|US6240708||Sep 13, 2000||Jun 5, 2001||Haig H. Kassouni||Method of packaging pharmaceuticals|
|US6772911||Oct 15, 2002||Aug 10, 2004||Kevin Gee||Flow controller for container|
|US6915918 *||Jul 7, 2003||Jul 12, 2005||Richard Merrill||Removable sealing device|
|US7832580||Sep 13, 2004||Nov 16, 2010||Brian Francis Jackman||Tamper evident container seal with integral pull opener|
|US8100277 *||Dec 19, 2006||Jan 24, 2012||Rexam Closures And Containers Inc.||Peelable seal for an opening in a container neck|
|US8251236||Nov 2, 2007||Aug 28, 2012||Berry Plastics Corporation||Closure with lifting mechanism|
|US8650839||May 19, 2008||Feb 18, 2014||Berry Plastics Corporation||Closure with lifting mechanism|
|US8801688 *||Oct 14, 2008||Aug 12, 2014||Mead Johnson Nutrition Company||Nutritive substance delivery container|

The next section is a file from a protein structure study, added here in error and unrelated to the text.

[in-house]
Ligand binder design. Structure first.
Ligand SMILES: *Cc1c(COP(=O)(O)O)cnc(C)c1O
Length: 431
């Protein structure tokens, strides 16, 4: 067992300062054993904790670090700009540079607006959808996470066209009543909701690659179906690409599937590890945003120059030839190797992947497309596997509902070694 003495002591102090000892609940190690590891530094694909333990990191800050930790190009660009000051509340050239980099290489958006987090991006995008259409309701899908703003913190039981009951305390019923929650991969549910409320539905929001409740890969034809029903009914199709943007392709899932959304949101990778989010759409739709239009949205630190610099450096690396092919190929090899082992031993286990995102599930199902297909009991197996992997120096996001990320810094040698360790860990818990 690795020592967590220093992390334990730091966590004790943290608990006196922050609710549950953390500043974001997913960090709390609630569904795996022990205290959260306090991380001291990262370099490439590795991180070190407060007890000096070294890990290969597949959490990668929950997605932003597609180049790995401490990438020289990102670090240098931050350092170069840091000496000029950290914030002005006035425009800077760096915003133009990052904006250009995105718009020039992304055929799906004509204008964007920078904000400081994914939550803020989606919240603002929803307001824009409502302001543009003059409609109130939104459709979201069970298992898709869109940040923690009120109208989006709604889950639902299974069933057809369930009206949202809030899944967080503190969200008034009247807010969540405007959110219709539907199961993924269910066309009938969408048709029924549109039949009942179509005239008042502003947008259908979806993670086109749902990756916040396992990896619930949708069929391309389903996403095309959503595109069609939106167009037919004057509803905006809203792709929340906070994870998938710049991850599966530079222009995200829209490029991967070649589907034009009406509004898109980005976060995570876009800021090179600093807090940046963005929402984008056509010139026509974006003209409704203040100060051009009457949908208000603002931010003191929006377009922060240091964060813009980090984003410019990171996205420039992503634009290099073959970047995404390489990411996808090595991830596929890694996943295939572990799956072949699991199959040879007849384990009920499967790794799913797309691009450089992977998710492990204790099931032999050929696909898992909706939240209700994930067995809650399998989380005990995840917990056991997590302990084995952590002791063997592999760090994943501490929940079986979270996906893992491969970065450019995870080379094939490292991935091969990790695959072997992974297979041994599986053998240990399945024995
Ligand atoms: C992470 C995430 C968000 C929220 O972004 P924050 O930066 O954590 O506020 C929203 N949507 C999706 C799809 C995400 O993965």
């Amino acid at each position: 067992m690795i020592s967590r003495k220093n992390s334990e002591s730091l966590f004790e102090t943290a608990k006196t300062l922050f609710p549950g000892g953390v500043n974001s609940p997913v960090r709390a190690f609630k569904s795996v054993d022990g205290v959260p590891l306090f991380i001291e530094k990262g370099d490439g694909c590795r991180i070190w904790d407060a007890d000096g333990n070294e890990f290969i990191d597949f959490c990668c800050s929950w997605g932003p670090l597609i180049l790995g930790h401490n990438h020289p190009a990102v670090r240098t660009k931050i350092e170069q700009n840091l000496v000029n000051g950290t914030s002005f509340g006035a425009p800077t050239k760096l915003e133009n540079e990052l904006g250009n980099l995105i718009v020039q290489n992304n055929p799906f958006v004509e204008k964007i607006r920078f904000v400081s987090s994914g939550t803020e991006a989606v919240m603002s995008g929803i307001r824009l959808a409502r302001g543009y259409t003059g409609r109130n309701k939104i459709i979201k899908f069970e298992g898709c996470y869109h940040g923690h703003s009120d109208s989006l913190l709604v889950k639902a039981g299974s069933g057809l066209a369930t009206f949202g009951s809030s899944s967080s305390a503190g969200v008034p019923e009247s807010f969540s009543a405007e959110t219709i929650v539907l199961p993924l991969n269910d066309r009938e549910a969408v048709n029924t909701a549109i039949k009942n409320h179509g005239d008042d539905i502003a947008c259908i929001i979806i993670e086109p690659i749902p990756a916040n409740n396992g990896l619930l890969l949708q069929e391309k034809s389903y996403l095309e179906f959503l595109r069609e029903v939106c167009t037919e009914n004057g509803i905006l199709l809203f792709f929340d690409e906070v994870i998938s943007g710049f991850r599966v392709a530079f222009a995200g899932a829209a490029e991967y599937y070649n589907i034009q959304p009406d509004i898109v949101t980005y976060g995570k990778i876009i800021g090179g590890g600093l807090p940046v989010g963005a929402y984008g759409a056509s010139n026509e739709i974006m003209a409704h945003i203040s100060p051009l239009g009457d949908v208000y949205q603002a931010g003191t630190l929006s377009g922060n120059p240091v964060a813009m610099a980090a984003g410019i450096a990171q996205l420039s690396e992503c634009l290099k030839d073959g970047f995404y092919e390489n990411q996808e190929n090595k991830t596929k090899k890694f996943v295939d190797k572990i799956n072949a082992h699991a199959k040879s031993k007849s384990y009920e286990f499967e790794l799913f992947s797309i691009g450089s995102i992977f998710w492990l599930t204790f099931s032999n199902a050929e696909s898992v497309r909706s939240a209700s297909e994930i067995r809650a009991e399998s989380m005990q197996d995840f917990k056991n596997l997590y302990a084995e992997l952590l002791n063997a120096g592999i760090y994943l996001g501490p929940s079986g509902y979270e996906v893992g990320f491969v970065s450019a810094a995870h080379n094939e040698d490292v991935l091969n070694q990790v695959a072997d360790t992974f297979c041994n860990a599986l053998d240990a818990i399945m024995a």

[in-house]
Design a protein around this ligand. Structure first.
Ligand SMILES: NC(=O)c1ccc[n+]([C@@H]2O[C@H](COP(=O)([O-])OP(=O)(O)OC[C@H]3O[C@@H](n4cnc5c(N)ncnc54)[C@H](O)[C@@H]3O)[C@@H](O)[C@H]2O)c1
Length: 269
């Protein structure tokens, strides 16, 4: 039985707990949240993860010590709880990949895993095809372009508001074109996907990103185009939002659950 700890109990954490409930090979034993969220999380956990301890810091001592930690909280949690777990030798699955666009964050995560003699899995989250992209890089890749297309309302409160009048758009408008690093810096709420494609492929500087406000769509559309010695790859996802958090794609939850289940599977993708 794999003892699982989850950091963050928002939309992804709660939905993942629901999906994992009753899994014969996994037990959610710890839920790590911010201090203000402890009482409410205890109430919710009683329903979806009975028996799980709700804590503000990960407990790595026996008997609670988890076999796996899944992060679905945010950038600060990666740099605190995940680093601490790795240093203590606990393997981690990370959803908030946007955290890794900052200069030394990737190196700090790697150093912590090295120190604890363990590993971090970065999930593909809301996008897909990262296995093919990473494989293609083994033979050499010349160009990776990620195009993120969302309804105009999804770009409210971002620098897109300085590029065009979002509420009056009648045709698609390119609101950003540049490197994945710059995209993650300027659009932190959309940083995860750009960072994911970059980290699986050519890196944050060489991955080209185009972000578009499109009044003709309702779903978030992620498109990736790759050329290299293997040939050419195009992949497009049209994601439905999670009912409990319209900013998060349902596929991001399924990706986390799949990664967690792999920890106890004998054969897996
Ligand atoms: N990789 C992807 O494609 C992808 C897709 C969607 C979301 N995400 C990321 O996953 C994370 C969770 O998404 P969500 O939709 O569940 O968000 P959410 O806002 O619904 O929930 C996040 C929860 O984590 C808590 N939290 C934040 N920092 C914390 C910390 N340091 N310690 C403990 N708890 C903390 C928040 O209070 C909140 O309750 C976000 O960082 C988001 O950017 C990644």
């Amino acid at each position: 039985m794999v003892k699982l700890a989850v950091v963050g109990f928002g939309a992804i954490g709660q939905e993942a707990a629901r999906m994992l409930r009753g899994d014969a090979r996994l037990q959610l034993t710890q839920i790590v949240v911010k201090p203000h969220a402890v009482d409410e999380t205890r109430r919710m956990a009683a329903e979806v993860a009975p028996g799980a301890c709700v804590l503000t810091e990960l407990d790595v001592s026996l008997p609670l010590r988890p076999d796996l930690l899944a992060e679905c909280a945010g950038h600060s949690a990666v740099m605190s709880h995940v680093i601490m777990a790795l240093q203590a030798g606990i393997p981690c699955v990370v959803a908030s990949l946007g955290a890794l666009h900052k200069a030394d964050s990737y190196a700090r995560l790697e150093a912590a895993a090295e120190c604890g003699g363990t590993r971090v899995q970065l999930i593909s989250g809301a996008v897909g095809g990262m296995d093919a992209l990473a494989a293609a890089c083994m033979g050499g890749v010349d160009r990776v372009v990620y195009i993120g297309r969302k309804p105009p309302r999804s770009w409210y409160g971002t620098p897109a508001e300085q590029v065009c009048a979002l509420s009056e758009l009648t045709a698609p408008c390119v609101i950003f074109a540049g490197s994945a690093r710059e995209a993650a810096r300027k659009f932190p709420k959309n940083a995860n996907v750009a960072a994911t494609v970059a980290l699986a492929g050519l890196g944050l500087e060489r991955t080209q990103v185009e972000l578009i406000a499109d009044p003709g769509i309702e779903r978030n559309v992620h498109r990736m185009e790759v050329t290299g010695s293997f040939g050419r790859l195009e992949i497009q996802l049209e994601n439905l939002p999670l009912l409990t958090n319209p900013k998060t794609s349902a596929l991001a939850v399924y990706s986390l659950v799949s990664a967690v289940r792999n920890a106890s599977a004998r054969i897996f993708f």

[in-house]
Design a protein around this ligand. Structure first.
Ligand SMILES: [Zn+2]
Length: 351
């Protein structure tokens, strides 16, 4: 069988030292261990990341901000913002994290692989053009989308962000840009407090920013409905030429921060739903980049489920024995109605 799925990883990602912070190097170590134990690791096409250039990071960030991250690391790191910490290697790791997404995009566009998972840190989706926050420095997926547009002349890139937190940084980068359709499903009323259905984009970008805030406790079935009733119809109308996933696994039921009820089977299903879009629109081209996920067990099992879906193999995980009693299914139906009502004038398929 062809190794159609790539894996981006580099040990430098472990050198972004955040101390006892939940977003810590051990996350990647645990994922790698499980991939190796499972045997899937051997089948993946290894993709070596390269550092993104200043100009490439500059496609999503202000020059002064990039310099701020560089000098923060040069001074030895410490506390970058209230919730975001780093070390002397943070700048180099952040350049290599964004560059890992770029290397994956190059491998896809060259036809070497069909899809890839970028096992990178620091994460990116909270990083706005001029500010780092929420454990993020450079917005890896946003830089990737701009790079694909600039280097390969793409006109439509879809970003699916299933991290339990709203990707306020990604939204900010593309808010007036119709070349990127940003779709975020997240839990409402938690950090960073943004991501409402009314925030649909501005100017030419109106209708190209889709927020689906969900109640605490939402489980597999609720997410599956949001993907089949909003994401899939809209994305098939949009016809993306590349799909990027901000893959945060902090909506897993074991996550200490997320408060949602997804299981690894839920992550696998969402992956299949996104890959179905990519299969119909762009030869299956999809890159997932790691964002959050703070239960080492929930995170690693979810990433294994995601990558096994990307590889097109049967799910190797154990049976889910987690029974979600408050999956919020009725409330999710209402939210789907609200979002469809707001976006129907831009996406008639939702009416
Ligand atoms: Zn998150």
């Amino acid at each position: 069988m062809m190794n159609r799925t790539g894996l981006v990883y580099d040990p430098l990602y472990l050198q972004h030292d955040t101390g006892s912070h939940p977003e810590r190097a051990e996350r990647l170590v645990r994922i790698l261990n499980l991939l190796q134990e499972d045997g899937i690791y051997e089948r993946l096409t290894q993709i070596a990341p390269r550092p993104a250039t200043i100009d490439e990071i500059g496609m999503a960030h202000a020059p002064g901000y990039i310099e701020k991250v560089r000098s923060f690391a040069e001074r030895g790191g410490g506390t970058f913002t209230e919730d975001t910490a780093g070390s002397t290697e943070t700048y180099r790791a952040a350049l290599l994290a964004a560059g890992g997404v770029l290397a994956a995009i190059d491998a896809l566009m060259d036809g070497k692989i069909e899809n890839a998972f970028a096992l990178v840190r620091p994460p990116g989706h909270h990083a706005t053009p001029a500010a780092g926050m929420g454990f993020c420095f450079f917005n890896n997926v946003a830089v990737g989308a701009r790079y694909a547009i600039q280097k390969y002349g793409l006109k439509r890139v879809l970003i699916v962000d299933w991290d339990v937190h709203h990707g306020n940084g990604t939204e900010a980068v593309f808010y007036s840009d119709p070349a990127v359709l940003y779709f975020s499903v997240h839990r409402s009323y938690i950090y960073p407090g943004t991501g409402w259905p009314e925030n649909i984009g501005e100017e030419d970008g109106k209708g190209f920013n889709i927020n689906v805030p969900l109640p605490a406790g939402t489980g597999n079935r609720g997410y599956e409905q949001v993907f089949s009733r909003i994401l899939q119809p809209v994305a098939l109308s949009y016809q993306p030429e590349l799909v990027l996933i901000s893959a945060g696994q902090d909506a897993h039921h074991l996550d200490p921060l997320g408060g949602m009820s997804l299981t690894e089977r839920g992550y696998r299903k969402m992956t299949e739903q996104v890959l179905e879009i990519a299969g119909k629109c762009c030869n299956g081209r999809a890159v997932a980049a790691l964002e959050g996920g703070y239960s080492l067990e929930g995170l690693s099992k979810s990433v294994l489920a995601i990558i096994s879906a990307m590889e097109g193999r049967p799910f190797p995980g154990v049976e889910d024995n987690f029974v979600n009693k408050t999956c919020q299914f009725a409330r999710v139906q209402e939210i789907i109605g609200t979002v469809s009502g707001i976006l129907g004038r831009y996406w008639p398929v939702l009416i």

|US8813982 *||Sep 28, 2011||Aug 26, 2014||The Procter & Gamble Company||Cap for a container|
|US9051097||Oct 26, 2012||Jun 9, 2015||Richard J. Michiel||Apparatus for deterring and detecting tampering with a bottleneck cap of a bottle and method for the same|
|US20040069799 *||Oct 15, 2002||Apr 15, 2004||Kevin Gee||Flow controller for container|
|US20040238477 *||May 28, 2003||Dec 2, 2004||Unsworth John Duncan||Non-spill container spout with peel type seal|
|US20050006333 *||Jul 7, 2003||Jan 13, 2005||Richard Merrill||Removable sealing device|
|US20050242131 *||Feb 11, 2005||Nov 3, 2005||Kenneth Denning||Pull tab oil container opener|
|US20060054584 *||Sep 13, 2004||Mar 16, 2006||Jackman Brian F||Tamper evident container seal with integral pull opener|
|US20070075083 *||Oct 4, 2005||Apr 5, 2007||Mc Clellan W T||Non-contaminating milk or food container seal and seal removal system|
|US20070272693 *||May 26, 2006||Nov 29, 2007||Sonoco Development, Inc.||Membrane Lid with Recessed Tab, and Container Incorporating Same|
|US20080283529 *||May 17, 2007||Nov 20, 2008||Sonoco Development, Inc.||Container Lid Formed as a Laminate Having a Built-In Opening Feature, and Container Incorporating Same|